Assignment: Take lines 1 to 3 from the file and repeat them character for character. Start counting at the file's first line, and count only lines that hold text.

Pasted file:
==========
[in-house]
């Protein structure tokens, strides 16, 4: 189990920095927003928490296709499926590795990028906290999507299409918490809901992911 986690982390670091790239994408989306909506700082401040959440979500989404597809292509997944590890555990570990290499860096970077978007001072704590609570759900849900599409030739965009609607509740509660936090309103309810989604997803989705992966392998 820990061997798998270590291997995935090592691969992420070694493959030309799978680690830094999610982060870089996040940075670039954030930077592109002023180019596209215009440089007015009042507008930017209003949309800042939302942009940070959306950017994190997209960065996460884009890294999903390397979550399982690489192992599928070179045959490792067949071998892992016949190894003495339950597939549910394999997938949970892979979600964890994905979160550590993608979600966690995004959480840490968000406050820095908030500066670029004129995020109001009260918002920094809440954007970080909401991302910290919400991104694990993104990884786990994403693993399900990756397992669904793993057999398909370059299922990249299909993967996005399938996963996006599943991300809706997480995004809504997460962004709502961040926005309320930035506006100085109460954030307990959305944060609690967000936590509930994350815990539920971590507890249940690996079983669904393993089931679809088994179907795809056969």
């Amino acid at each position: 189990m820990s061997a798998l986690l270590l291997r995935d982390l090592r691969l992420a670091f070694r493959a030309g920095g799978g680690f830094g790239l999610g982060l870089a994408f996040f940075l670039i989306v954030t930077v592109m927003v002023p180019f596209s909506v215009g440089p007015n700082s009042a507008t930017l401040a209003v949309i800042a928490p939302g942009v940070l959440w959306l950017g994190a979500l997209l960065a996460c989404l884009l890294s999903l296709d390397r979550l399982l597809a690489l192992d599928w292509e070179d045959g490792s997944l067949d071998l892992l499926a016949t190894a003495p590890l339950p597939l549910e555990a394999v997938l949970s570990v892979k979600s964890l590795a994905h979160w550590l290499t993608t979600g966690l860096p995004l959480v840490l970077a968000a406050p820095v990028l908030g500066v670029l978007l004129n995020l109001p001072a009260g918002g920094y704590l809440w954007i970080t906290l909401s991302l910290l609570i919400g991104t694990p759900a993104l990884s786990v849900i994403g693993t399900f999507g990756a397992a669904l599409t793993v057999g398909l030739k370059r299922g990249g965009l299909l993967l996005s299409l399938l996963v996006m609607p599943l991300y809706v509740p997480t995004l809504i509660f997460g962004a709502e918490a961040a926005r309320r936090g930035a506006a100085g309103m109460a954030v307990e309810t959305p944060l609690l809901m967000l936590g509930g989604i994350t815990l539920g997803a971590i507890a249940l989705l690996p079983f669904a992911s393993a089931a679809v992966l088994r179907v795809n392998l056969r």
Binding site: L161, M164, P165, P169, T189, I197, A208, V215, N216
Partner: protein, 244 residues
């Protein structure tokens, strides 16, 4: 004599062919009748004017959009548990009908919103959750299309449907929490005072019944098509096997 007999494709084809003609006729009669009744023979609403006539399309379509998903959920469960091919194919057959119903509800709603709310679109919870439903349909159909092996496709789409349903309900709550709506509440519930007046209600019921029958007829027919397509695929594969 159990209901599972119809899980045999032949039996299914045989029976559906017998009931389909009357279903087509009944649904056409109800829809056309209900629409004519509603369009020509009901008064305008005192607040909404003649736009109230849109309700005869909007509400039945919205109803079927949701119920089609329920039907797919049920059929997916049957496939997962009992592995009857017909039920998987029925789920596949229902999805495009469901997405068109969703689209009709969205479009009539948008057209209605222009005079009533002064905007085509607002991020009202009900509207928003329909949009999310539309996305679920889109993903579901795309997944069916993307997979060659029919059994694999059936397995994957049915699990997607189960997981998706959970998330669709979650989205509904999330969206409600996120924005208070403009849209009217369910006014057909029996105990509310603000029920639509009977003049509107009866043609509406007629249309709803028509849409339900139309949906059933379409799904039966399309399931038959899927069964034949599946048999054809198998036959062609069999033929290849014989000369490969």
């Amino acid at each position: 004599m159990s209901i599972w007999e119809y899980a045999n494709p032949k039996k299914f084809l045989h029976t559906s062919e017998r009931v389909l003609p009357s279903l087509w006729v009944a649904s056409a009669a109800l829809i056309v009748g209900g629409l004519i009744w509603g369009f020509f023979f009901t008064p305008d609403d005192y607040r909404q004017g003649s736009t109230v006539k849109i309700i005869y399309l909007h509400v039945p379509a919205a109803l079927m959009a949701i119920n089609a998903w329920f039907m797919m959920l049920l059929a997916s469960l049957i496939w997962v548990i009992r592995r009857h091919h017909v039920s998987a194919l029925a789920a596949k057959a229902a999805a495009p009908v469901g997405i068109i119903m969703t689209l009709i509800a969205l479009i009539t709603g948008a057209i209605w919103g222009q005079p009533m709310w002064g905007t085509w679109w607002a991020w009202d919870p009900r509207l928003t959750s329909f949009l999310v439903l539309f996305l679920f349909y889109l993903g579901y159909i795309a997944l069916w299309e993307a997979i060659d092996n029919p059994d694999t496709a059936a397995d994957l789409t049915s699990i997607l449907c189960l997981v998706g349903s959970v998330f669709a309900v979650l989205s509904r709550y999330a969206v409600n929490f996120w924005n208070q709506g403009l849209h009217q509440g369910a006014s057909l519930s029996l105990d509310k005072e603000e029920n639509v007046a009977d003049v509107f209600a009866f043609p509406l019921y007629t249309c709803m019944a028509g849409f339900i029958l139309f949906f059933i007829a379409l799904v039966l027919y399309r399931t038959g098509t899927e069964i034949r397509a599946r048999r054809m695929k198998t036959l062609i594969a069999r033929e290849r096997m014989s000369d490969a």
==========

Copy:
[in-house]
């Protein structure tokens, strides 16, 4: 189990920095927003928490296709499926590795990028906290999507299409918490809901992911 986690982390670091790239994408989306909506700082401040959440979500989404597809292509997944590890555990570990290499860096970077978007001072704590609570759900849900599409030739965009609607509740509660936090309103309810989604997803989705992966392998 820990061997798998270590291997995935090592691969992420070694493959030309799978680690830094999610982060870089996040940075670039954030930077592109002023180019596209215009440089007015009042507008930017209003949309800042939302942009940070959306950017994190997209960065996460884009890294999903390397979550399982690489192992599928070179045959490792067949071998892992016949190894003495339950597939549910394999997938949970892979979600964890994905979160550590993608979600966690995004959480840490968000406050820095908030500066670029004129995020109001009260918002920094809440954007970080909401991302910290919400991104694990993104990884786990994403693993399900990756397992669904793993057999398909370059299922990249299909993967996005399938996963996006599943991300809706997480995004809504997460962004709502961040926005309320930035506006100085109460954030307990959305944060609690967000936590509930994350815990539920971590507890249940690996079983669904393993089931679809088994179907795809056969």
């Amino acid at each position: 189990m820990s061997a798998l986690l270590l291997r995935d982390l090592r691969l992420a670091f070694r493959a030309g920095g799978g680690f830094g790239l999610g982060l870089a994408f996040f940075l670039i989306v954030t930077v592109m927003v002023p180019f596209s909506v215009g440089p007015n700082s009042a507008t930017l401040a209003v949309i800042a928490p939302g942009v940070l959440w959306l950017g994190a979500l997209l960065a996460c989404l884009l890294s999903l296709d390397r979550l399982l597809a690489l192992d599928w292509e070179d045959g490792s997944l067949d071998l892992l499926a016949t190894a003495p590890l339950p597939l549910e555990a394999v997938l949970s570990v892979k979600s964890l590795a994905h979160w550590l290499t993608t979600g966690l860096p995004l959480v840490l970077a968000a406050p820095v990028l908030g500066v670029l978007l004129n995020l109001p001072a009260g918002g920094y704590l809440w954007i970080t906290l909401s991302l910290l609570i919400g991104t694990p759900a993104l990884s786990v849900i994403g693993t399900f999507g990756a397992a669904l599409t793993v057999g398909l030739k370059r299922g990249g965009l299909l993967l996005s299409l399938l996963v996006m609607p599943l991300y809706v509740p997480t995004l809504i509660f997460g962004a709502e918490a961040a926005r309320r936090g930035a506006a100085g309103m109460a954030v307990e309810t959305p944060l609690l809901m967000l936590g509930g989604i994350t815990l539920g997803a971590i507890a249940l989705l690996p079983f669904a992911s393993a089931a679809v992966l088994r179907v795809n392998l056969r």